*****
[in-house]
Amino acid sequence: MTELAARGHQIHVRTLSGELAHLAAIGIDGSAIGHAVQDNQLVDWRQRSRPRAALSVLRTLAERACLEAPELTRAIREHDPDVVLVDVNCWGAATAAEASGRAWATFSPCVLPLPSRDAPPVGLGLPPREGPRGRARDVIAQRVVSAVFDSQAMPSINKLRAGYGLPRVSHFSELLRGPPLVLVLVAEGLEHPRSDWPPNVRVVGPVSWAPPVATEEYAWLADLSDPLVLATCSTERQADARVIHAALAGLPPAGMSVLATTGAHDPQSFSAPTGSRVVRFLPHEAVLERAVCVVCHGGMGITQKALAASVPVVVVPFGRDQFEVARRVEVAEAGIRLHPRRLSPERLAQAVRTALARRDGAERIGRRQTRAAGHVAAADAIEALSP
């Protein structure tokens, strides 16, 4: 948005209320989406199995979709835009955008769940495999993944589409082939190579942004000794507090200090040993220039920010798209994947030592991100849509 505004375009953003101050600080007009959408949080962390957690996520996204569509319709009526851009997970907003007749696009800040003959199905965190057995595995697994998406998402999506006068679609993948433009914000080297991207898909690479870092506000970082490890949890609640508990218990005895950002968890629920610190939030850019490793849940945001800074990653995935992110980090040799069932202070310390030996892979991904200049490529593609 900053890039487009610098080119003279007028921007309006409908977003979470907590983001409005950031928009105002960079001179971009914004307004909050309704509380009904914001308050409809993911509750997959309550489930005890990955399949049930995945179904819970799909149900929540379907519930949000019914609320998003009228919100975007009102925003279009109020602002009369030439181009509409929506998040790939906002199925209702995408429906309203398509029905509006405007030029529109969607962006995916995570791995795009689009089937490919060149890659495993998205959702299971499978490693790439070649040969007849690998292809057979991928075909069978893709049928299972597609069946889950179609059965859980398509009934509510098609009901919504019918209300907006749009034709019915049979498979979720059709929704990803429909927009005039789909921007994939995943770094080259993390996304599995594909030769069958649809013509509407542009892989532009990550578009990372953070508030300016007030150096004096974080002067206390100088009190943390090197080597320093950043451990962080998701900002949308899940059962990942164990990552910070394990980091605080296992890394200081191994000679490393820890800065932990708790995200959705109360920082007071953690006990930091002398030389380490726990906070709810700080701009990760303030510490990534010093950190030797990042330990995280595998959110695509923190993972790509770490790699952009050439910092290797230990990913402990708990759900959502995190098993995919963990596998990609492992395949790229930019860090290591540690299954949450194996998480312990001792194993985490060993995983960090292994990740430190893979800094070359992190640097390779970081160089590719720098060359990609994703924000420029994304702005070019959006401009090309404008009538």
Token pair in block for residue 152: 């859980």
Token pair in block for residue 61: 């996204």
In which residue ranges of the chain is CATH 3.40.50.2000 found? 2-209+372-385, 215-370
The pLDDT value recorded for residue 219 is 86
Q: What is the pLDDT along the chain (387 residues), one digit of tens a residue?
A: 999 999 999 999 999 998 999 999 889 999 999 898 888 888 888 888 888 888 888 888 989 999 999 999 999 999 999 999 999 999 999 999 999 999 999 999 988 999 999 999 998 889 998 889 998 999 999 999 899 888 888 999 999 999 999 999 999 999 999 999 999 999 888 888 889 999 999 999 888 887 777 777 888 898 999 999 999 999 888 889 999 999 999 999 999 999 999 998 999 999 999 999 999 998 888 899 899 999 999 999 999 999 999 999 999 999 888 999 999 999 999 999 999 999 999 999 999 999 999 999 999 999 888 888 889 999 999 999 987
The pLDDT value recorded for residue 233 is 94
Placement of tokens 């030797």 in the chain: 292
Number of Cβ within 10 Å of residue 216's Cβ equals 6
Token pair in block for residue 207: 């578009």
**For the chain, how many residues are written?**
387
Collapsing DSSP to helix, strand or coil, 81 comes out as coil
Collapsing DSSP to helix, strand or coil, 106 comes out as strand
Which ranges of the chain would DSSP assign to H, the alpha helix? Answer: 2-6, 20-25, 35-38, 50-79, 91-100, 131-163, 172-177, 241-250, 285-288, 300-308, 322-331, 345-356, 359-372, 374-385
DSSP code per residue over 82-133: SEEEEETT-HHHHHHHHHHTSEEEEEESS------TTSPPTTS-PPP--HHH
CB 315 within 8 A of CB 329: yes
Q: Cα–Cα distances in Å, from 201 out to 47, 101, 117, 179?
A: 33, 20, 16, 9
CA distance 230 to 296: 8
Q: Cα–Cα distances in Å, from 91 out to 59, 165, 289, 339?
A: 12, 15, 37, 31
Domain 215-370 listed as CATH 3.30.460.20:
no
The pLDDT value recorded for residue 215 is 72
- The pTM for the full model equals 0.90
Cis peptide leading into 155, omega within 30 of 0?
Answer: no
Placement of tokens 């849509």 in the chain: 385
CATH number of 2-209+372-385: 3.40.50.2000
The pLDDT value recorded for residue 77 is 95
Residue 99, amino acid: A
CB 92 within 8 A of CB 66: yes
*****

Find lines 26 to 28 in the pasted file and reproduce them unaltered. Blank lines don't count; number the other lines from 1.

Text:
Domain 215-370 listed as CATH 3.30.460.20:
no
The pLDDT value recorded for residue 215 is 72